Diane Elson has been a prominent member of the department since 2000. She has now officially retired but will be keeping her links with the department.
‘It is within gender and development… that Elson’s pioneering and enduring contribution to scholarship is most apparent. No student of gender and development in any part of the world today completes a course at undergraduate or postgraduate level without some exposure to Elson. Given Elson’s on-going ventures into cutting-edge issues in the GAD field … and with their hallmark rigour and vision, this situation is unlikely to change for a long time to come. In turn, there is absolute certainty that Elson will be present as one of GAD’s outstanding scholars and ambassadors in any retrospective review of gender and development that may be compiled in the future’
Sylvia Chant (2005) ‘Diane Elson’
A retirement conference for was held on Friday July 26th 2013 at the University. Many of the participants are pictured above. This was the programme:
Feminism, Economy and Human Rights
10.50 Brief Introduction by Professor Mark Harvey
11.00-12.30 Political Economy
Professor Sue Himmelweit, Open University: ‘Follow the money: Diane’s Elson’s contribution to gender budgeting’
Professor Tracey Warren, Nottingham University: ‘Gender and the economic crisis: Elson’s 3 Sphere Framework’
Professor Georgina Waylen, Manchester University: ‘Feminist Political Economy: Taking Stock and Future Directions?’
12.30 – 1.15 Buffet Lunch
1.15 – 2.45 Development studies
Professor Sylvia Chant, London School of Economics: ‘Diane Elson: A tribute to her early and on-going contributions to ‘en-gendering’ the ‘development agenda’’
Professor Shirin Rai, University of Warwick: ‘Depletion: the cost of social reproduction’
3 – 4.30 Human Rights
Professor Maxine Molyneux, University College London: ‘Who remembers Beijing? Women’s rights in a cold climate’
Professor Lydia Morris, University of Essex: Sociology and Human Rights
4.45 – 6.15 Final Panel: Reflections and Future Directions
Professor Diane Elson
Professor Ruth Pearson, Leeds University
Dr Jasmine Gideon, Birkbeck
Dr Marzia Fontana, Sussex University
Followed by a wine reception, and dinner
#1 by Lourdes Colinas on July 4, 2013 - 7:58 pm
I came to Essex in 2002 to study my MA in Sociology of Development and one of my main motivations to be here was to meet Diane Elson because I had read many of their writings on gender and development. I was so lucky to have her as my dissertation supervisor and I had the opportunity to learn so much from her. She was determinant in my life in terms of my future career and my research interests. Later on, I had the incredible opportunity to work with her in a very interesting project on Human Rights and Macroeconomics (I could not believe I was working with my mentor!). Today, I feel extremely lucky to have her as my supervisor of my PhD in Sociology. During these years I have been able to share with her wonderful life experiences and I have been so lucky to get to know her both professionally and personally, realising what a wonderful person she is. Muchas gracias querida maestra. Love, Lulu Colinas (from Mexico).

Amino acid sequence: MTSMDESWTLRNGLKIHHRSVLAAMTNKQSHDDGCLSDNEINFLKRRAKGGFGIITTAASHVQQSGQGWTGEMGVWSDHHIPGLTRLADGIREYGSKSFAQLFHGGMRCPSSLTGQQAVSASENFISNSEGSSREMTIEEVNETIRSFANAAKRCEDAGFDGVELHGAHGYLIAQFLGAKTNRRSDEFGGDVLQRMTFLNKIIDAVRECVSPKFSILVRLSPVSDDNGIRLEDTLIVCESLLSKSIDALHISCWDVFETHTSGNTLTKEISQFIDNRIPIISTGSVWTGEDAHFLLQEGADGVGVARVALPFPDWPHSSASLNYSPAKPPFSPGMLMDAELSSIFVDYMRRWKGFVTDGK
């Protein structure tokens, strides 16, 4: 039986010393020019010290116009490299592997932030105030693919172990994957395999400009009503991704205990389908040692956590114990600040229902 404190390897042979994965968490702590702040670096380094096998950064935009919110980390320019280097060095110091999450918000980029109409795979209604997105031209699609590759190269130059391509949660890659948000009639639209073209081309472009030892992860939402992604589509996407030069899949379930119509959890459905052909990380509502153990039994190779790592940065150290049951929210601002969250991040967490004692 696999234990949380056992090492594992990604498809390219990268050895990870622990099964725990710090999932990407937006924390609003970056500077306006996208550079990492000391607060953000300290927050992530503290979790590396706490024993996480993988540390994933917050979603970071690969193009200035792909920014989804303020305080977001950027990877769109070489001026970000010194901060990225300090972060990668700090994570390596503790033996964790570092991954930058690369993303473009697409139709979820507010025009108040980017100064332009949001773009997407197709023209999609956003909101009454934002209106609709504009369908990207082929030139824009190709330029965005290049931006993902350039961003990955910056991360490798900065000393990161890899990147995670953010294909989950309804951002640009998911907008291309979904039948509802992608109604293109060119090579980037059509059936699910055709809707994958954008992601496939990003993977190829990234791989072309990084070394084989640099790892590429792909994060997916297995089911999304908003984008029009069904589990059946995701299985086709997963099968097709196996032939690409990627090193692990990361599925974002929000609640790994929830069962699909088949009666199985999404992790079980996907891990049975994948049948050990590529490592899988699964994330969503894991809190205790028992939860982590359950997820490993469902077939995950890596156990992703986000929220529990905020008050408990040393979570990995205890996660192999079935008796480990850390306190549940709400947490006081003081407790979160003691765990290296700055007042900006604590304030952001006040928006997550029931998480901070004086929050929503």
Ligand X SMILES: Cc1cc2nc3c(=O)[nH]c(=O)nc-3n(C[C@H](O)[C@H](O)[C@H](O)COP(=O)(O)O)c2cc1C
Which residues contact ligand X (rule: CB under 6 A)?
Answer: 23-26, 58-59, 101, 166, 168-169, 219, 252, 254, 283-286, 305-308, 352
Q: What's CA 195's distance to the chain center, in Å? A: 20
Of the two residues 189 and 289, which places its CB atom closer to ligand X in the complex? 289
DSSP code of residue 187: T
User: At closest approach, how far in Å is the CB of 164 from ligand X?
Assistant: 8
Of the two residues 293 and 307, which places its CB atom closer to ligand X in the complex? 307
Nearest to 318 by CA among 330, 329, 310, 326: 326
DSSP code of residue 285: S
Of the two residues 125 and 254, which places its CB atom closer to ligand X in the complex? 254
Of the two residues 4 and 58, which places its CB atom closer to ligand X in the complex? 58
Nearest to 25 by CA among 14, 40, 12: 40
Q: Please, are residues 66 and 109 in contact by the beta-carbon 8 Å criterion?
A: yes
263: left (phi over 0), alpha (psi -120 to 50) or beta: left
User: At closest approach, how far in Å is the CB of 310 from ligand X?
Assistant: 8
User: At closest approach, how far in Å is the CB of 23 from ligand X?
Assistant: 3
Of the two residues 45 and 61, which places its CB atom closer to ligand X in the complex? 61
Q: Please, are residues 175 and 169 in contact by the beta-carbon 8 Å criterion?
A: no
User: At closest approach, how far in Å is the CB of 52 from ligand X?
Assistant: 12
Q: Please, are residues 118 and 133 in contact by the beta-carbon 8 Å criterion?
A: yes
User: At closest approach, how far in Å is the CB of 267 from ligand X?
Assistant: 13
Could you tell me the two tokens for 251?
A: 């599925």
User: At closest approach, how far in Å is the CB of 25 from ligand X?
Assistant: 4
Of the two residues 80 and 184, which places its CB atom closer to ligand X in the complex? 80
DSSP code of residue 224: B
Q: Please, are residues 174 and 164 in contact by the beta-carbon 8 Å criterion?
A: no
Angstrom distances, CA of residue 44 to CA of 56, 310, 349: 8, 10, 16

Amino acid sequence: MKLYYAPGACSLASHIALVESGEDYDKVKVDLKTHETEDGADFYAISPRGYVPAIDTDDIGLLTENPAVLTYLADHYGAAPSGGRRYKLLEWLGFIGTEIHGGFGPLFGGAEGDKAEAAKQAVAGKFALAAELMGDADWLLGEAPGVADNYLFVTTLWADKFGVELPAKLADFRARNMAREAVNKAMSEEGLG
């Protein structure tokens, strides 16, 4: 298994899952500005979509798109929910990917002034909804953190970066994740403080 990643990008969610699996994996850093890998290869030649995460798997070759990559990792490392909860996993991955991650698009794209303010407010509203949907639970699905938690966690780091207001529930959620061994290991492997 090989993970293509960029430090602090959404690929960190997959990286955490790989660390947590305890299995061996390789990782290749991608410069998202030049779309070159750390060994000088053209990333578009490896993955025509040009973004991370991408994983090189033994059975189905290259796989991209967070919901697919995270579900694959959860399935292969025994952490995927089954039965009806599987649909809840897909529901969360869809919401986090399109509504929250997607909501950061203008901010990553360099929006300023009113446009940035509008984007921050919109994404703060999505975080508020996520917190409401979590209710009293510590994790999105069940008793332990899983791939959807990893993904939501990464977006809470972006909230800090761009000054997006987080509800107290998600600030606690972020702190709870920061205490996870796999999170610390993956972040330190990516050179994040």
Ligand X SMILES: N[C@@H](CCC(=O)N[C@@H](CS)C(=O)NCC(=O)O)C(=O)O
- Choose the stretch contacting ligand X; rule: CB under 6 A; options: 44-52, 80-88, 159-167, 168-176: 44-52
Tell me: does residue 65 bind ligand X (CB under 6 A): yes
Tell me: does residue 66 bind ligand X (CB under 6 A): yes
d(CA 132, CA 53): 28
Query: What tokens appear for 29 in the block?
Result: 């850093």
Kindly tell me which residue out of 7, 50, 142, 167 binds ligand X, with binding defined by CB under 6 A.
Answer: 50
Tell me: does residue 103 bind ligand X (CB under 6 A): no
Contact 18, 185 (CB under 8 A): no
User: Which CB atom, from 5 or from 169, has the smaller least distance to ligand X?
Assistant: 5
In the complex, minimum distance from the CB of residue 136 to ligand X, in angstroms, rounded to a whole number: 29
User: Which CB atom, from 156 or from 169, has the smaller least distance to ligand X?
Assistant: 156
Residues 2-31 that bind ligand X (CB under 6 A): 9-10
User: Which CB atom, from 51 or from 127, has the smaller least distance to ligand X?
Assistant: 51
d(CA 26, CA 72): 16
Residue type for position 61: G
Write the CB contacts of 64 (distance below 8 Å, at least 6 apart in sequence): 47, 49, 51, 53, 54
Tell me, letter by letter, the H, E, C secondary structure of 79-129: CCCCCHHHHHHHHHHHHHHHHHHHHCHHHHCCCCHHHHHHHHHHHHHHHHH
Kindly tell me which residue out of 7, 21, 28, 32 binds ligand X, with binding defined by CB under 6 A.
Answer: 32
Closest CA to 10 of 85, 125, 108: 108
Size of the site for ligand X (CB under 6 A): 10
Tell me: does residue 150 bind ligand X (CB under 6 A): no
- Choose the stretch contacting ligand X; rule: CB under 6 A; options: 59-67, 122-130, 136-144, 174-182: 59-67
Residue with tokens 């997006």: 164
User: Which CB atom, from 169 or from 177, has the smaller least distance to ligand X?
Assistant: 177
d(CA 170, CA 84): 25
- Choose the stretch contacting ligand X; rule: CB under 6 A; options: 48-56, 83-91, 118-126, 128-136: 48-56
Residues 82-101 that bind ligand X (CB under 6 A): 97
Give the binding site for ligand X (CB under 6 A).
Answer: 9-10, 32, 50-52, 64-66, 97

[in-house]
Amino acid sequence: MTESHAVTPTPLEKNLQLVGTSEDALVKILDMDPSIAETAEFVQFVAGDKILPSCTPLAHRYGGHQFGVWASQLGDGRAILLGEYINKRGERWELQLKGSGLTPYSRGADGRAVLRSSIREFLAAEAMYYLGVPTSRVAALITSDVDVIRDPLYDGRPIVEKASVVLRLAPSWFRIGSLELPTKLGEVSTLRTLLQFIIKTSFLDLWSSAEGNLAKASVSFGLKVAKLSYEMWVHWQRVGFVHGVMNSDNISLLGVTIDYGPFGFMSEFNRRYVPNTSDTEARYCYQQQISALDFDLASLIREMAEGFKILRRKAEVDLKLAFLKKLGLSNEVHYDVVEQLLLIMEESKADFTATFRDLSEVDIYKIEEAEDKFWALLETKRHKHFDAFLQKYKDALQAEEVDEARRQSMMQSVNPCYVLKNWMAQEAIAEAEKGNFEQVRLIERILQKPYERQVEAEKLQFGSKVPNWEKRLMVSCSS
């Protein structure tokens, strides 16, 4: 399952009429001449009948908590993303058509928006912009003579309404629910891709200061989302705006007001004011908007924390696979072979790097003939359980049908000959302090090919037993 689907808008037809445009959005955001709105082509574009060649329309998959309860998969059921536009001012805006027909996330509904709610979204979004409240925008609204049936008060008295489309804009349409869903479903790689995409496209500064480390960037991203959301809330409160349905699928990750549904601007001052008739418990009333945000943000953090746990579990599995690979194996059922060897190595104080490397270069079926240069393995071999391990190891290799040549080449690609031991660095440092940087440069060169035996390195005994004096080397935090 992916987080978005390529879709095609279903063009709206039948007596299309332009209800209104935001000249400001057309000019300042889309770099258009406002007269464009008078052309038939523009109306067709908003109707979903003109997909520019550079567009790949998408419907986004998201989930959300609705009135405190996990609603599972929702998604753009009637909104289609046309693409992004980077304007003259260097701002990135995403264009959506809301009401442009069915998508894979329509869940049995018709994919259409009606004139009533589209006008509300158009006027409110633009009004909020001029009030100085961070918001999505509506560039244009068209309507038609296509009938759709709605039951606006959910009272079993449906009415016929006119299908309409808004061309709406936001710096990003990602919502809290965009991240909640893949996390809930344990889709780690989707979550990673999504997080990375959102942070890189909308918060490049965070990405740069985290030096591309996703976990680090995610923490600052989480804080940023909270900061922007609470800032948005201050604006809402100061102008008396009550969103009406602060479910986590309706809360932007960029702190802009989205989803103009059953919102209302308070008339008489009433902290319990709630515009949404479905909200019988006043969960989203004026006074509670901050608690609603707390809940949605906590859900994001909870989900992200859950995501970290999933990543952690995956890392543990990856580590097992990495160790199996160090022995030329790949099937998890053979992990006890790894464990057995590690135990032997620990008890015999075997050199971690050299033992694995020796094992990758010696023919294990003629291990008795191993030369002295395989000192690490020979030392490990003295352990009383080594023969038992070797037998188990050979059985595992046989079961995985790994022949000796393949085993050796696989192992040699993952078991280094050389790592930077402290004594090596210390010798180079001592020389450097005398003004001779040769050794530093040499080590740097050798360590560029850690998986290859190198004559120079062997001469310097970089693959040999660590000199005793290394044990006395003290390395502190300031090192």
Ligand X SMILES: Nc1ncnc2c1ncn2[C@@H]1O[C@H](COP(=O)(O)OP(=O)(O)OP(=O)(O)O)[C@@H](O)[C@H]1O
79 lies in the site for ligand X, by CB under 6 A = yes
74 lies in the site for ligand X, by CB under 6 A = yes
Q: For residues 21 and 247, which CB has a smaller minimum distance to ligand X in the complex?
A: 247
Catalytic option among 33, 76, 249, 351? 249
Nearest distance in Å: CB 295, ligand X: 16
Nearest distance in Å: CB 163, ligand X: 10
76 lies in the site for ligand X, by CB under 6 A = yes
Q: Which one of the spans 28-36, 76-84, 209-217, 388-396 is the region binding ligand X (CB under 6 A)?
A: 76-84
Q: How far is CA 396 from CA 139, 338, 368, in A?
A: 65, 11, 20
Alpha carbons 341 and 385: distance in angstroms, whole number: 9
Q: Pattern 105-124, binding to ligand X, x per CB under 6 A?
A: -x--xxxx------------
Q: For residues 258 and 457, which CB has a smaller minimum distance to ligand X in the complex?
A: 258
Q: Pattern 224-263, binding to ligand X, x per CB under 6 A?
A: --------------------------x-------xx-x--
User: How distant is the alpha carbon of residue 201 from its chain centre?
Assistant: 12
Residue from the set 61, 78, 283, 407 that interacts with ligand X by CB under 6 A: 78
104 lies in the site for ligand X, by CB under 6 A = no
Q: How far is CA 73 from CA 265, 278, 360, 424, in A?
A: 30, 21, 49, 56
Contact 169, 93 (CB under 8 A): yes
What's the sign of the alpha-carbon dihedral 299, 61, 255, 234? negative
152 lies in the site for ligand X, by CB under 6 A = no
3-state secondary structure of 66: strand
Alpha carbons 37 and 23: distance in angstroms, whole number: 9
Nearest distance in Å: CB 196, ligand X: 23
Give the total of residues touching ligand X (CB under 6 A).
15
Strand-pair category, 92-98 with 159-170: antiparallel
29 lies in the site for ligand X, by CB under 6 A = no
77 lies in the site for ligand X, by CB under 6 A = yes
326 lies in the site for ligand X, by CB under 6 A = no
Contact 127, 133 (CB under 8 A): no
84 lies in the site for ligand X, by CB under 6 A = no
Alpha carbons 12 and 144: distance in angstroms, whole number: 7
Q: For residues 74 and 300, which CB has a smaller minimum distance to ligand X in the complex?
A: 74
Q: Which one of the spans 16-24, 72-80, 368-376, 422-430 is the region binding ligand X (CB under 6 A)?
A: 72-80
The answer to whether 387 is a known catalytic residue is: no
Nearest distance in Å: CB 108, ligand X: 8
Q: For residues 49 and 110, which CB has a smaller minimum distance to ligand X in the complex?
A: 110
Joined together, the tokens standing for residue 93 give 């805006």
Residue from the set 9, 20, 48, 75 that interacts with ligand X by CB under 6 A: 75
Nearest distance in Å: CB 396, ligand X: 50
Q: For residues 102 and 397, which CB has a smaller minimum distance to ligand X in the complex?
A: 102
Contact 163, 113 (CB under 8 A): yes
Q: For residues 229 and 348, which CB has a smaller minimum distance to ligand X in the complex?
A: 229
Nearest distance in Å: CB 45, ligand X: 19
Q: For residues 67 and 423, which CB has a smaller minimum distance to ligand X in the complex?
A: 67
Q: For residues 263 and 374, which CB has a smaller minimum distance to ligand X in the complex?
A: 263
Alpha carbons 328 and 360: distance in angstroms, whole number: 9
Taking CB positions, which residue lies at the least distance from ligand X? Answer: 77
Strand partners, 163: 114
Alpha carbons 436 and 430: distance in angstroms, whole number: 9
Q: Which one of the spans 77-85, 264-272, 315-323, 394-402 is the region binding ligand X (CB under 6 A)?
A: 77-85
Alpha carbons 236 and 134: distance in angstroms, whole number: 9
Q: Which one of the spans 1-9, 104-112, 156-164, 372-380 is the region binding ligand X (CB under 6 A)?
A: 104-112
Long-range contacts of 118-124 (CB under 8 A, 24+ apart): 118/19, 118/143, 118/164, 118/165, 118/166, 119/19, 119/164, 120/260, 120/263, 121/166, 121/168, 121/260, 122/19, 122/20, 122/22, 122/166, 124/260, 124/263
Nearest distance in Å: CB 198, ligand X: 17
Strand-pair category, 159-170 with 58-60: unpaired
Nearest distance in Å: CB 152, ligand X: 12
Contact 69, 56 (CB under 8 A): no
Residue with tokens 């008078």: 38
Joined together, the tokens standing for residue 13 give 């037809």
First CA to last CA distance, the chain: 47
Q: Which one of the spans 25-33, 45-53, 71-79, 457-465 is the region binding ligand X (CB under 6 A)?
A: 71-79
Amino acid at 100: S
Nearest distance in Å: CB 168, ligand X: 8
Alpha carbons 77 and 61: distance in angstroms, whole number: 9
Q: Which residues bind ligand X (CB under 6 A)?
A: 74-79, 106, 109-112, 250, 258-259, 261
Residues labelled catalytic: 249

#2 by Francisca Pereyra on July 8, 2013 - 4:54 pm
I met Diane when she started working in the Department in 2000. I was lucky to have her as my supervisor both for my Masters and PhD dissertations. It was a privilege and a pleasure to have someone of her professional and human quality as my mentor in Essex. I feel so very grateful for all her generosity and support during my time there. I learnt a lot from her and I carry with me that great experience wherever I go. I wish her all the great things she deserves for this new stage, Muchas gracias Diane!! Love from Buenos Aires, Francisca Pereyra
#3 by Maria José Moreno Ruiz on July 30, 2013 - 9:41 pm
I met Professor Diane Elson in Chile in 2002. I was then a young development practitioner working for United Nations on gender mainstreaming.
I was impressed by her.
I was impressed by the rigorous academic able to widen the thinking on macroeconomics, gender and rights. By the internationalist activist engaged against discrimination of women across the world. From this first encounter I admired and learnt from Diane’s constructive and “to the point” approach when she spoke to high level decision makers on measures to promote justice. I was also captivated by a woman with sense of humor and humility who transmitted the enjoyment of friendship and discovery. I decided then I would like to engage in the long adventure of a PhD with her. I did not know Essex yet, but knowing her was enough to “make my mind”. Understandably I felt lucky and fortunate when I received an affirmative answer. All Phds are long journeys and mine, being an open university student, working full time and living in 4 different countries through the length of it, was probably particularly intense. I do not imagine better companion for this journey than professor Elson. With her help and her example I have become more demanding, with myself and others, regarding academic thought on gender, class and development; Through our exchanges the responsibility of development practitioners, -like myself- when providing advice on public policy became more apparent, as people’s quality of life is at a stake. And all this has happened, in addition, sharing with a wonderful, kind and witty woman whose company is always a special present. A big thank you Diane, and all the best for the new adventures. Hasta la próxima, que espero que sea muy pronto. Con cariño, Maria José